This paper considers how tort law should respond to scientific developments that improve our ability to connect toxic exposure to changes in human health. Starting from a normative position that encourages proof of traditional sine qua non causation, the paper suggests an allocation of cases between the tort system and legislatively-created compensation programs. With regard to the latter, the paper sets out guidelines that lawmakers can use when deciding whether to replace tort law. With regard to the former, the paper divides its recommendations into two categories, one for cases where plaintiffs have existing clinical symptoms of disease, and another where plaintiffs have only an increased risk of disease. Recognizing the gray area that exists between these two groups, the paper proposes burdens consistent with traditional causation rules to serve tort law's underlying goals.
|Keywords||No keywords specified (fix it)|
|Categories||categorize this paper)|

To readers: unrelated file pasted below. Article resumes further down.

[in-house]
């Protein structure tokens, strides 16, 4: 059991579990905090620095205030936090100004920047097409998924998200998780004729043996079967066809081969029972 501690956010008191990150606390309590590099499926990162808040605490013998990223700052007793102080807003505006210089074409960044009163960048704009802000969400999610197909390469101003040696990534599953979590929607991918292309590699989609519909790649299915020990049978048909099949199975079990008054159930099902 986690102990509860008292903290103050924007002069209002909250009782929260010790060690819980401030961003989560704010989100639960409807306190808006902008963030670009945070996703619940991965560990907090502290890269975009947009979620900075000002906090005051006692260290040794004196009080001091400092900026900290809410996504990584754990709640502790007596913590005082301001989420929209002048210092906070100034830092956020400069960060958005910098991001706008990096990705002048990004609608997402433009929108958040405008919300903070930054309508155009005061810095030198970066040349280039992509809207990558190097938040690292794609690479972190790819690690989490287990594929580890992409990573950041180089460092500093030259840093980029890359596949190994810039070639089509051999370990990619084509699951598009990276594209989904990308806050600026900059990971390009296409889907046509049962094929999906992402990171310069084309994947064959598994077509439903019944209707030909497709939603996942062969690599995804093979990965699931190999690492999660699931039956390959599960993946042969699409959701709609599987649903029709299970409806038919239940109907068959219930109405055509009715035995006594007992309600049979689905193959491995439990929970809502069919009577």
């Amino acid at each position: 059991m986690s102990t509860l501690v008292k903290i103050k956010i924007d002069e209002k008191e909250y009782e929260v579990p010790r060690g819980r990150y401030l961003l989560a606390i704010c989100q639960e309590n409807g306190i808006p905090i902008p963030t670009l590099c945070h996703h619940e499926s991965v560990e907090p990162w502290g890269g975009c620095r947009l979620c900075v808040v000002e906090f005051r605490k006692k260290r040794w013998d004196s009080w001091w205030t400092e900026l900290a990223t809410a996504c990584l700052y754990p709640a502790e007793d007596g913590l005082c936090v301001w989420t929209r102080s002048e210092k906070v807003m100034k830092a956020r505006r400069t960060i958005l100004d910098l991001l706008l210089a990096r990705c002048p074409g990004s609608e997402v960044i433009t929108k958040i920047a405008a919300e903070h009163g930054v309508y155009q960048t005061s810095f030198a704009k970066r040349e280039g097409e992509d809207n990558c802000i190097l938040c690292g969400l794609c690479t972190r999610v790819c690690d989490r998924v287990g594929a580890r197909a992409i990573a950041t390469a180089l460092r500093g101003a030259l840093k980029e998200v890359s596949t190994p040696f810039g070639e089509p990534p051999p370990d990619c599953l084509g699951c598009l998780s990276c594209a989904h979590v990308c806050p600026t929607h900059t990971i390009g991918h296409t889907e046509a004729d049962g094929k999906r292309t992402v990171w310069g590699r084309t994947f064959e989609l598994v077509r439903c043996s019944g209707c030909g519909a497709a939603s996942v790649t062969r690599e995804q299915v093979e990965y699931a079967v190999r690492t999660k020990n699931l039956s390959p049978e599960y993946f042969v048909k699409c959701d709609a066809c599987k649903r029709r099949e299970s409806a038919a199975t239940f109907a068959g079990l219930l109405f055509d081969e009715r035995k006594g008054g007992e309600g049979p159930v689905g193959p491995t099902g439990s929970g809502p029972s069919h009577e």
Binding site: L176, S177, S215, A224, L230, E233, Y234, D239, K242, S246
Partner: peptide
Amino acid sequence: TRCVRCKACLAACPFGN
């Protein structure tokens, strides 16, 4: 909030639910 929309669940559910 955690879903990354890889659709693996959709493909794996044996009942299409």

References found in this work BETA
No references found.
Citations of this work BETA
No citations found.
Similar books and articles
Can There Be a Unified Theory of Torts? A Pluralist Suggestion From History and Doctrine.Christopher J. Robinette - manuscript
Compensation for Mere Exposure to Risk.Nicole A. Vincent - 2005 - Australian Journal of Legal Philosophy 29:89-101.
Legal Causation and Imputation in English Law (Causalité Juridique Et Imputation: Réflexions Sur Quelques Développements Récents En Droit Anglais).Stathis Banakas - unknown
Proving Causation: The Holism of Warrant and the Atomism of Daubert.Susan Haack - 2008 - Journal of Health and Biomedical Law 4:253-289.
Added to index2009-01-28
Total downloads3 ( #693,688 of 2,163,694 )
Recent downloads (6 months)1 ( #348,043 of 2,163,694 )
How can I increase my downloads?